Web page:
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BELGIAN DANCE GROUP EXPLORES HOW PEOPLE LOOK FROM THE OUTSIDE

What is normal?

IN a nightclub, Rika, a woman who is as small as a toddler, dances with white angel wings on. After her performance, an old man picks her up and tells her how cute she is, and that he wants to take her home with him. Rika, knowing that she’s powerless to stop him, just waits until the man puts her down.

Simon Versnel (right) dances alongside Franck Chartier in a scene from Le Jardin (The Garden). (Source: Courtesy of ABP)

IN a nightclub, Rika, a woman who is as small as a toddler, dances with white angel wings on. After her performance, an old man picks her up and tells her how cute she is, and that he wants to take her home with him. Rika, knowing that she’s powerless to stop him, just waits until the man puts her down.

This is one of the scenes from a film used as part of Le Jardin (The Garden), a performance by the Belgian The Peeping Tom Collective at the conclusion of the Bratislava in Movement dance festival on June 17.

“Such experiences are a part of Rika’s life,” Simon Versnel, who plays the old man in the film, told The Slovak Spectator. “We could not believe that, but strangers, especially men from off the street, touch her like a baby, and do what I do to her in the film.”

Meeting Rika Esser, who is just 82 centimetres tall, inspired the Peeping Tom Collective to make the film, which led to a trilogy, of which Le Jardin is the first part.

Franck Chartier and Gabriela Carrizo, two dancers who founded the Peeping Tom Collective in 1999, met Rika in Brussels.

“Rika talked about her life, which was for us very special, because you have no idea what a person like this experiences,” said Versnel. “She is a tough lady, very intelligent. She is always on the frontlines [fighting for rights of such people].”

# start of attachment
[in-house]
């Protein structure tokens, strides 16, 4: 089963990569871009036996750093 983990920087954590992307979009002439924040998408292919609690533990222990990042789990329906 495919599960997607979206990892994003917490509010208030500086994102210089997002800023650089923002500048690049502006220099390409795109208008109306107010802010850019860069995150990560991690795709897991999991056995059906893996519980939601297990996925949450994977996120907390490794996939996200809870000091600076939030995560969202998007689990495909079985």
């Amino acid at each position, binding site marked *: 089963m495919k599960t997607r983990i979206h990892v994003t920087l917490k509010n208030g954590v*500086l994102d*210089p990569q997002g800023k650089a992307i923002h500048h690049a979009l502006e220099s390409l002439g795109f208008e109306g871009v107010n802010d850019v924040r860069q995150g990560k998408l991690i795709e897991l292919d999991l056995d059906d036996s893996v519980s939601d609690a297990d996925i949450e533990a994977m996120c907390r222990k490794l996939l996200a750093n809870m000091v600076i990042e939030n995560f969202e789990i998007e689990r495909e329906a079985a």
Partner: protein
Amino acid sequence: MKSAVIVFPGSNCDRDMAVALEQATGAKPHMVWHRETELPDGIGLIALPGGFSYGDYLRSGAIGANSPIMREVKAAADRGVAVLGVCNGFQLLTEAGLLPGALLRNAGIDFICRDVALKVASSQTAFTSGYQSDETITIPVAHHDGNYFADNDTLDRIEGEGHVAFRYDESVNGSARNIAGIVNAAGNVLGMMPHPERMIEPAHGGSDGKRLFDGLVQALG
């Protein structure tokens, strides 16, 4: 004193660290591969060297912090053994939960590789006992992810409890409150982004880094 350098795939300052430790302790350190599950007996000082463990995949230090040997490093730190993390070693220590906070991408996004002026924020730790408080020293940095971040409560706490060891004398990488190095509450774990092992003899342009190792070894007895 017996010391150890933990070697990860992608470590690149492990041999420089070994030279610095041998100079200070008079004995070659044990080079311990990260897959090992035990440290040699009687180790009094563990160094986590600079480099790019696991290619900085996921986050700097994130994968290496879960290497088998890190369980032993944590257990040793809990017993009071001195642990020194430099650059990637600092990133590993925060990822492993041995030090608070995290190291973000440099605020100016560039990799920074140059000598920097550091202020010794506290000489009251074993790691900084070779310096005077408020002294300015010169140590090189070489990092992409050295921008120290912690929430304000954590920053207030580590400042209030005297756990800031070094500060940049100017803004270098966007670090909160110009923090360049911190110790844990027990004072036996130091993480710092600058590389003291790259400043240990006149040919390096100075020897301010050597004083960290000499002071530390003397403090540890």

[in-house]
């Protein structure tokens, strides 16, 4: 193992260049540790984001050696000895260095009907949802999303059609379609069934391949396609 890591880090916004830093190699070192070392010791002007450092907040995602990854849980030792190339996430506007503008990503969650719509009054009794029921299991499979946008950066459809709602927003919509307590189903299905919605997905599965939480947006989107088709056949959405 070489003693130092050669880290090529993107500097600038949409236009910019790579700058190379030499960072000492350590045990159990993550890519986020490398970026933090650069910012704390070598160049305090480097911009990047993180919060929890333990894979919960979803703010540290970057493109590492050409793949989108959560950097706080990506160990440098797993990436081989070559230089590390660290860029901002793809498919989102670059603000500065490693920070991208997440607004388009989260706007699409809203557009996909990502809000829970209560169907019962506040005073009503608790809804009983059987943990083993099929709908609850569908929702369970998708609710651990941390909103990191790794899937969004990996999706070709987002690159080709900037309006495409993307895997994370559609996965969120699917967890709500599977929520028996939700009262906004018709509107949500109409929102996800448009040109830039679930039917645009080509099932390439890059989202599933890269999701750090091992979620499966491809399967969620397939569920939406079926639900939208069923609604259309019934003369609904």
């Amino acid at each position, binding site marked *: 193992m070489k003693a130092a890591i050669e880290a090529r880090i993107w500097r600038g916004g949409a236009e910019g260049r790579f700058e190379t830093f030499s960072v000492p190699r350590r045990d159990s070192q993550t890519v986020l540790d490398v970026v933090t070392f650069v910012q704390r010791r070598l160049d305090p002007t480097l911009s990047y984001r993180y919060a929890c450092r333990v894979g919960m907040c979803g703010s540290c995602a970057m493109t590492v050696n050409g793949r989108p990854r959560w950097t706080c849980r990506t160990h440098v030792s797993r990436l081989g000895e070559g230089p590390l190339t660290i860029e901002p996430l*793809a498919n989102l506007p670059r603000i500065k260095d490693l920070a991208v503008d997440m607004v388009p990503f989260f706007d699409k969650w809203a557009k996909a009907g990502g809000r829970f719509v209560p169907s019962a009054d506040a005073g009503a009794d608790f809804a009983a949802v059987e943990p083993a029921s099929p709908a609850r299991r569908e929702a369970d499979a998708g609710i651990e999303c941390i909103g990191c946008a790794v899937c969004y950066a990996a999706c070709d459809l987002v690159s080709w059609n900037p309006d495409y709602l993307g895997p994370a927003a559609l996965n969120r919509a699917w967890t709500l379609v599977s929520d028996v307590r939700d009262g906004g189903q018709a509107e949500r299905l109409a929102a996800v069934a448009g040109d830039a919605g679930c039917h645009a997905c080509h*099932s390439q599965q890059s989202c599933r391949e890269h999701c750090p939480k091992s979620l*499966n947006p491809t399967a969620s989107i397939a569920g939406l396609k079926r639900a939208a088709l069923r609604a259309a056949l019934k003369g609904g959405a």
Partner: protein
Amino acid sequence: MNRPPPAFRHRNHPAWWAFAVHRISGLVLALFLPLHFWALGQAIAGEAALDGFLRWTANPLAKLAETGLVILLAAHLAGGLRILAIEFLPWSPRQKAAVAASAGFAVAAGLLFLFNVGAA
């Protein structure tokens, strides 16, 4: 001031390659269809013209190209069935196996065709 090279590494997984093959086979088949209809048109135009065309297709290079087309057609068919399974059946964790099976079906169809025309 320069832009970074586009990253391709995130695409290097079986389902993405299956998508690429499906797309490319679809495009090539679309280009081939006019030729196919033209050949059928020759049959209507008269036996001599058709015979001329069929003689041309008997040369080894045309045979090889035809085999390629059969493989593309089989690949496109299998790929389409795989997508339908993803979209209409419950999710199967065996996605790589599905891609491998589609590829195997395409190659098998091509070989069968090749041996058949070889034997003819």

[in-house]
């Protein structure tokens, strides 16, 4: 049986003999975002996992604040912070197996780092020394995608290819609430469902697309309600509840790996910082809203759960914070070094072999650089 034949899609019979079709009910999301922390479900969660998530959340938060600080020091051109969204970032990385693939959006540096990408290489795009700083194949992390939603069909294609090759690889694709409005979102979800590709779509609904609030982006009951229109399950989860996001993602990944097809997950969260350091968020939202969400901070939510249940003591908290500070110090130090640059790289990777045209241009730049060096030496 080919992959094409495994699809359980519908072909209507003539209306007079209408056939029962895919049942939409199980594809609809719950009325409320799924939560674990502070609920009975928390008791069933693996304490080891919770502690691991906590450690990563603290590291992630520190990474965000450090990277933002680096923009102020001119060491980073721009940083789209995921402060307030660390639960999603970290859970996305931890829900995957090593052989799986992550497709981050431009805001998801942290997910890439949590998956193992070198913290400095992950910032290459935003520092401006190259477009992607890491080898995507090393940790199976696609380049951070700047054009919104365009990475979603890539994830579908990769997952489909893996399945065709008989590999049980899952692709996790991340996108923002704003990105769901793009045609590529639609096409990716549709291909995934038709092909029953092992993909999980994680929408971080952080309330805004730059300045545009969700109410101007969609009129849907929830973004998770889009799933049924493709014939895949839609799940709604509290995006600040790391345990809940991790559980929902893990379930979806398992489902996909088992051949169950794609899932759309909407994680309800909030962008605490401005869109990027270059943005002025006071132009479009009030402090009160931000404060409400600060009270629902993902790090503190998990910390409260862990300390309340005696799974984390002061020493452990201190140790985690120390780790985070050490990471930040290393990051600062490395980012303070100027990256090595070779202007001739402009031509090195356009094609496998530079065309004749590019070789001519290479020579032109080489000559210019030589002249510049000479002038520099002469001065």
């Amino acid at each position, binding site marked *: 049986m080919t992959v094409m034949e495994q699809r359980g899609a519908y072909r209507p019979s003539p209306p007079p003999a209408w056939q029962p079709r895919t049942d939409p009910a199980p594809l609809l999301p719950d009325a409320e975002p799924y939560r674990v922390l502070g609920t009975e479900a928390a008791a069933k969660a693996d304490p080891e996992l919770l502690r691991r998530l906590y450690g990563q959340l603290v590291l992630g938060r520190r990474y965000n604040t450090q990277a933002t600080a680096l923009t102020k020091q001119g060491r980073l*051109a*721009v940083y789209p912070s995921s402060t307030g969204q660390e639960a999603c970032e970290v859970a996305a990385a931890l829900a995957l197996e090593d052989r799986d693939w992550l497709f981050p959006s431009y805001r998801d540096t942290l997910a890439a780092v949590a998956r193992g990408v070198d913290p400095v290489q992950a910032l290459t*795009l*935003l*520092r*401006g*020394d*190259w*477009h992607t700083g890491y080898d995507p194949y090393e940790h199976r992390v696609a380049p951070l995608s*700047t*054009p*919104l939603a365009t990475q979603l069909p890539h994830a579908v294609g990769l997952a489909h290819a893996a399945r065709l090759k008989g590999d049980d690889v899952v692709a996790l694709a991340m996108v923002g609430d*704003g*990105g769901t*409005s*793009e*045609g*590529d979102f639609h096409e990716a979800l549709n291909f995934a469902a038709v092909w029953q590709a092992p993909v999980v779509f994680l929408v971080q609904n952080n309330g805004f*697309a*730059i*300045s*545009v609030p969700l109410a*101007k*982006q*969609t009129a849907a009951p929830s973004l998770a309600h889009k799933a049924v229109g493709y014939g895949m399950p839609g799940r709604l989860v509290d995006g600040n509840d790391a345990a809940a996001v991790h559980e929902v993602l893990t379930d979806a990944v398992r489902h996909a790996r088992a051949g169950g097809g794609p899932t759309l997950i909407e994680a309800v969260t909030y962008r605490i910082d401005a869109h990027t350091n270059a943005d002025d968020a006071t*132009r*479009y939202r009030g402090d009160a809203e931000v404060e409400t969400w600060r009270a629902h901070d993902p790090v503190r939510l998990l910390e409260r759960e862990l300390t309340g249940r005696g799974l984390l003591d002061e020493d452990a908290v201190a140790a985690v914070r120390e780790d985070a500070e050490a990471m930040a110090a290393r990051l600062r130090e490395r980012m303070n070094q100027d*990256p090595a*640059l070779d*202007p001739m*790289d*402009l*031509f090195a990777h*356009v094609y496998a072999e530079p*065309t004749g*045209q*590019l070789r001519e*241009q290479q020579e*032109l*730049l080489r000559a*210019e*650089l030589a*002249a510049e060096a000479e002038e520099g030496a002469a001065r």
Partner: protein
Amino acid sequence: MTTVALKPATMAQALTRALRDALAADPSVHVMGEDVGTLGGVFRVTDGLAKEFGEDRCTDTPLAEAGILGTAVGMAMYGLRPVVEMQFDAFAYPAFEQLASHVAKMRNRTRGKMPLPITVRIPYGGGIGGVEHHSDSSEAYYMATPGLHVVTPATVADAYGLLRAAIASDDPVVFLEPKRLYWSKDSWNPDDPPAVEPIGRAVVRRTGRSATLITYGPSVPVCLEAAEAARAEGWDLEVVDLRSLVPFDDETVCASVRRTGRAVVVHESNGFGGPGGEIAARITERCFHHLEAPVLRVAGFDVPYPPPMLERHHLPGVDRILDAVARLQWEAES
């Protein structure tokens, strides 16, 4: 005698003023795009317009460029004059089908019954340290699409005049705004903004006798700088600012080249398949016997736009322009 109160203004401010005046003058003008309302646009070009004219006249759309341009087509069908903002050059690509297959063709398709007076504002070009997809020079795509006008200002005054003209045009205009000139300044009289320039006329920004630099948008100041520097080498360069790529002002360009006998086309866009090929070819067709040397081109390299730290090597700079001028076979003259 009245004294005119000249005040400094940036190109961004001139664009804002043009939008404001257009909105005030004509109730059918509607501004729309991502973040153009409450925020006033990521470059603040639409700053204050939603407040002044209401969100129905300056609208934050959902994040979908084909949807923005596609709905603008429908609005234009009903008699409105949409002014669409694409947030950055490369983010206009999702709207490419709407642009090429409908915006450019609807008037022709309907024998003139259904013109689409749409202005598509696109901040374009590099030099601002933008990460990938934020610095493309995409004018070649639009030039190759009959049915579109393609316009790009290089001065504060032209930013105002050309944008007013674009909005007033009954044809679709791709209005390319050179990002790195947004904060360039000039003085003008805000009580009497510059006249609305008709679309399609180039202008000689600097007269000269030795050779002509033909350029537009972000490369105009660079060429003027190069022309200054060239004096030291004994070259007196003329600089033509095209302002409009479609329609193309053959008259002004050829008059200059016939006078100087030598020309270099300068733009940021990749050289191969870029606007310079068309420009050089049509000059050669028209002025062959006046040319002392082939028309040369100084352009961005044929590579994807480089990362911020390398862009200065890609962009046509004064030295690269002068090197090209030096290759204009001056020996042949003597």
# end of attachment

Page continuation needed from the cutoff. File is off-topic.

Franck and Gabriela knew they wanted to make a film and have Rika in it, but she refused at first. She agreed only after getting to know them and realising that their intentions were sincere, according to Versnel. But she asked to have scenes in which she experiences her daily life. So the filmmakers put in scenes such as when she encounters a large dog whose head is at the same height as hers.

“Coming literally face-to-face with a dog happens to her six times a day,” said Versnel. “Of course she is not afraid any more.”

They shot the film in the centre of Brussels in 2001, in the African nightclub Le Numero uno. It is largely an unknown club because it belongs to another world, parallel to, beneath or above the outside world, the ensemble writes in its materials about the club. It gives the film an atmosphere of a dream or a nightmare.

After making the movie, the group talked a lot about the definition of normal, and abnormal, and how people look from the outside.

This led to Le Jardin, which was completed in 2002. It consists of the 35-minute film starring Rika and Versnel along with Chartier and Carrizo and a live dance performance, featuring all of them except Rika.

“The piece continues our train of thought, but in a different way,” Versnel told The Slovak Spectator. “The old man says that he lost everything in life and the couple loves each other, but is fighting, like in everyday life.”

“For me is already more reality that you get older, your friend get older and people die and you lose and this is what I tell in the play,” said Versnel.

One of the most powerful moments is when Versnel dances alongside Chartier, a much younger man who’s in perfect shape.

In some ways the film prepares the audience for what it will see in the dance performance and see the contrast.

“I think the film must be shown before a live performance, otherwise that contrast won’t work,” Miroslava Kovářová, the director of the contemporary dance festival, told The Slovak Spectator. “This is an extremely well thought-out performance and the theme of defining what is normal would not work without this film.”

After the success of Le Jardin, the Peeping Tom Collective made a second part, Le Salon, in 2004. In it, the character of the old man reappears, but he is losing his grasp on reality. The ensemble completed the trilogy in 2007 with Le Sous Sol, which revisits the characters from Le Jardin and Le Salon after they have died.

“The Slovak dancers were spellbound,” Kovářová told The Slovak Spectator after the performance. “They were fascinated by the concept, by the way the dancers moved, by how truthful it was, and by how many layers it had.

“After the performance one of them came to me and said ‘I now know what I want to do.’”

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